You could have the slightest amount of vertical elliptical shape if you had a crazy tall pair of shoes and were a dramatic ankler. 1mm may be.

I don't think this would slow you down though, you would have less power at the top and bottom then you would at the down stroke, so you could have a better. Like those elliptical rings that Bobby Julich is using.


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PostPosted: Mon May 09, 2005 4:20 pm 
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Joined: Mon Apr 25, 2005 9:16 pm
Posts: 216
You're right about the Q-factor. It will be greater by quite a bit. That alone might inhibit some from liking this pedal. I think Q-factor is a personal preference like saddles... depends on body proportions. The absence of rocking torque and full circle pedalling is how they arrived at 3-4% gain. He didn't measure this himself but sent it out for testing. Anyways its funny how we're so market driven these days. All you need is Armstrong using these in the time trial or some pro team using them and bam....they'll be a huge hit like speedplays and cervelo bikes a la CSC.

I for one am waiting for the intial batches to move through and get reviewed and "tweaked".


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PostPosted: Mon May 09, 2005 4:30 pm 
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Joined: Tue Feb 15, 2005 1:33 pm
Posts: 200
Hi all.....

Just came from the hyperbookshop I frequent and did a quick flip through them pages looking for the weblink. So here it is-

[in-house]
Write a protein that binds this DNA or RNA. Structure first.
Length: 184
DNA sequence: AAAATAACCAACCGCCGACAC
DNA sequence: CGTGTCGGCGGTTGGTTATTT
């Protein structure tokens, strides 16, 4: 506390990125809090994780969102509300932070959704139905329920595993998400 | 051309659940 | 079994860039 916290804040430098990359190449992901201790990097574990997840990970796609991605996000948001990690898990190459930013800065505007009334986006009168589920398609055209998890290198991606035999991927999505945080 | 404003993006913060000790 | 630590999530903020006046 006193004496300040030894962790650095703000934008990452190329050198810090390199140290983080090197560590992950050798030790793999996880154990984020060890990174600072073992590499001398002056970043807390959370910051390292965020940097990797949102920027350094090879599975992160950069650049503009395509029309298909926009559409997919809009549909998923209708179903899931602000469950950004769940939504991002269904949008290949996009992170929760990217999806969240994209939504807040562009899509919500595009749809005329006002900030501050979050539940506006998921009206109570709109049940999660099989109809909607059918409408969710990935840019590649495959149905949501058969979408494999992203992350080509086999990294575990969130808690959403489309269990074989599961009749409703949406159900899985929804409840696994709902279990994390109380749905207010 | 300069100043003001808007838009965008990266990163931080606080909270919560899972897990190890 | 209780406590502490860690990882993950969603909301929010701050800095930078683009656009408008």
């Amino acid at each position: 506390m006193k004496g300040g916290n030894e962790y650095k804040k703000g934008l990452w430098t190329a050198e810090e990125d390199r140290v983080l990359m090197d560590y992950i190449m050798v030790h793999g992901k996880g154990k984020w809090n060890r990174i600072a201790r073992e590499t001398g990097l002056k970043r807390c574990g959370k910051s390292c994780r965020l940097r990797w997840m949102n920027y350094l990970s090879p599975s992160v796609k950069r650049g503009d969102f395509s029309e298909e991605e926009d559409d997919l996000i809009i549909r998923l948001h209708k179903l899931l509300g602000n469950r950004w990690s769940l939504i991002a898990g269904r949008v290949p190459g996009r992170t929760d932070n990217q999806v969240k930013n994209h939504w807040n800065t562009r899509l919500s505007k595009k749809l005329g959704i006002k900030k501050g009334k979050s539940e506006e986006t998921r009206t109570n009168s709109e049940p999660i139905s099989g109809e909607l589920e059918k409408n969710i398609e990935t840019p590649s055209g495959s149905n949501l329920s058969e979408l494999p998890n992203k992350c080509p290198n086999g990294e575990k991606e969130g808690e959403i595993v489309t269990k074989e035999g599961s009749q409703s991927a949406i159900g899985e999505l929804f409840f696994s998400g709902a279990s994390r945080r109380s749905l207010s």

http://www.sidemountpedal.com

Hope this works cuz I'm gonna view it after I just posted the link here..... :oops: :D


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 Post subject:
PostPosted: Mon May 09, 2005 8:20 pm 
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Joined: Tue May 03, 2005 2:20 am
Posts: 5773
Location: Belgium
Hi,

Quote:
I don't think this would slow you down though, you would have less power at the top and bottom then you would at the down stroke, so you could have a better. Like those elliptical rings that Bobby Julich is using.


Not bad but not quite there yet.....
Let's forget the crankarm for a minute and focus on the leg of the rider; due to increased stackheight his lower leg has seen an increase in length by about an inch with respect to the distance sole/center of pedal axis.

This means that the femur muscle now has to stretch further.
The pivotal points have been shifted noticeably: ankle to knee is still the same but the ankle is now at stackheight distance from the pivotal point of the pedal.
As we can see the stackheigt introduces a shift in the lever/pivot series that inevitably introduces a loss in energy transfer.

While you can train yourself to ride that it certainly isn't the most efficient.
Worst case scenario: you'll be shifting up one gear to be able to spin the crankarm system around.
Anyone who knows the ratios of gearing systems knows this isn't the right way to gain effeciency while pedaling as the same amount of energy now goes to a lower gear.

Ciao, :wink: